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"There are so much [sic] musical influences and references here, but without losing track of the essence of the stunning compositions – sounding sometimes like a straight jazz ensemble, then like a funk band or a small ensemble supporting the vocalist. Stunning arrangements, the overall playing and the vocal performances (and lyrics) are outstanding." - Wulf Muller wulfmuller.wordpress.com/2020/06/26/soundtracks-for-our-times/
"If you’ve spent a lick of time with anything Sojoy’s done in the past, you know what you’re potentially getting into here. In collaboration with Stu Dias who drops his vocal prowess on much of the record, the horn-fueled, jazzily funkified rhythmic lifeblood that is Sojoy has made, dare I say, another absolute marvel of aural pleasantry here. A masterwork in musical movement(s).
"To top it all off, the artwork, crafted by Sara Argue, is breathtaking and pulls you right in while the music permeating from your stereo speakers fastens you right in place." - Chris Hislop, Portsmouth Herald www.seacoastonline.com/entertainment/20200505/sojoy-to-celebrate-new-album-with-livestream-listening-party-may-9
The constellations are celestial calligraphy. They are stories written in the stars and are one of the only things that connect us to ancient Rome, the Mayans, and the Ottoman empire, for we experience them largely in the same way the civilizations before us did. We map our lives and beliefs on to them. In turn, they guide us, marking time and space. These are their stories. These are their dreams. These are their prayers.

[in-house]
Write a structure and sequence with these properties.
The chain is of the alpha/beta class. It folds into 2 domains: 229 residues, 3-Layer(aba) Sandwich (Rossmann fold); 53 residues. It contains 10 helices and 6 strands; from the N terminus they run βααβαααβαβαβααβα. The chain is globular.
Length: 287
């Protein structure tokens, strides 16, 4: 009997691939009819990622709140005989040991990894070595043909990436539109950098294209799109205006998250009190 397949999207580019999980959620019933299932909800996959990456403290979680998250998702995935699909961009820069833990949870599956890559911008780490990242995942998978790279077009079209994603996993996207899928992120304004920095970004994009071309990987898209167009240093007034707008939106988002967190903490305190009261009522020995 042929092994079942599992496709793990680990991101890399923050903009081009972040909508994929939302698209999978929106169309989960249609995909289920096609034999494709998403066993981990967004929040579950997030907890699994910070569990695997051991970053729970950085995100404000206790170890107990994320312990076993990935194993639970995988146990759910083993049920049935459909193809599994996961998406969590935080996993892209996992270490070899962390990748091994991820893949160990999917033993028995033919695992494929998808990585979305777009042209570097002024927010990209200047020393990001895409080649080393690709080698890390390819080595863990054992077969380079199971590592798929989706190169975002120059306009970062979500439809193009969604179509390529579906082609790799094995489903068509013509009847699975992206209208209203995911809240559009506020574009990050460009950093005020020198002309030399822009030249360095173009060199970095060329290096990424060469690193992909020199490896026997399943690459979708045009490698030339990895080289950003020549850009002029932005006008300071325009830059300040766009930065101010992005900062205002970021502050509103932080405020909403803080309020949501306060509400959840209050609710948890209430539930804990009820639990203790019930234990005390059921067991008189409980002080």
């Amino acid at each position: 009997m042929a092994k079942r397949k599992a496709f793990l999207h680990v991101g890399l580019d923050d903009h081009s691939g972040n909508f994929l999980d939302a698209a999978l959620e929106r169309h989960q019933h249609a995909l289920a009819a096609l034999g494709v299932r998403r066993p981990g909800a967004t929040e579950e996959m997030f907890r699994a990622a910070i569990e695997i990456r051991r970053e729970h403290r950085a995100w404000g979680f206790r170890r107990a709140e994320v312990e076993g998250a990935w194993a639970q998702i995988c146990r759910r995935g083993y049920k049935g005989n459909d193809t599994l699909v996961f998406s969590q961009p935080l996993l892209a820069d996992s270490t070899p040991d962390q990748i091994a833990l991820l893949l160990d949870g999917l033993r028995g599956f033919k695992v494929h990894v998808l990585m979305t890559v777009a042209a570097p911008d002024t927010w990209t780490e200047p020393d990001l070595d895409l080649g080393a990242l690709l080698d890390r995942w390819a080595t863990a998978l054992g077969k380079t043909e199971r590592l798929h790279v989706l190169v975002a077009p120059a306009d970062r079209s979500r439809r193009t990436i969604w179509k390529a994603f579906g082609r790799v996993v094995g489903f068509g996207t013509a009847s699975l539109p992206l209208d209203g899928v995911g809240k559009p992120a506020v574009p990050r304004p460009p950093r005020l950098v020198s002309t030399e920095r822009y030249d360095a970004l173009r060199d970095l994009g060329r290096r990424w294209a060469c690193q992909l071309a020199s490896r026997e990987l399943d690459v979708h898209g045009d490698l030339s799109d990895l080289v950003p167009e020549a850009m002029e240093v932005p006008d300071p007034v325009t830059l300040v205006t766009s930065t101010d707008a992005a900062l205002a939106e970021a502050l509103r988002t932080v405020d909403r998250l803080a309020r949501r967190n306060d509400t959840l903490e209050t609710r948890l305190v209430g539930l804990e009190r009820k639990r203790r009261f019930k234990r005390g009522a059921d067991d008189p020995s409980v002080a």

The Serpent Bearer. The 13th Zodiac. It straddles the celestial equator. There are many accounts of its origin, but there is some writing that indicates it descended from Babylonian astronomy and may represent Nirah, a serpent god. There is something dangerous and wry about it.
The Wolf. Located in the deep southern sky, this constellation was one of the 48 constellations listed by the 2nd-century astronomer Ptolemy. The wolf has been a victim of massive societal misperception. The fearsome, loathsome aura that follows these animals through fairy tales, folklore, and mythology often reduce these beautiful animals to villains. While dangerous, they are also fiercely loyal and intelligent.
The Flying Fish. The first depiction of this constellation in a celestial atlas was in Johann Bayer's Uranometria of 1603. The flying fish convey the idea of transition. Able to move from sea to air even if just for a moment. There is a buoyancy and an elasticity to them that makes them almost mystical examples of adaptive evolution.
Apus is a small constellation in the southern sky. It represents a bird-of-paradise, and its name means "without feet" in Greek because the bird-of-paradise was once wrongly believed to lack feet. This constellation calls to mind the Huma Bird and the Simurgh and many other mythical birds and represents extreme beauty and vanity.
Grus is a constellation in the southern sky. Its name is Latin for the crane. The beauty and gracefulness of cranes, as well as the fact that some crane species migrate, conjures a pensive solitude. There is a beauty in not knowing whether a seasonal migration will be your last.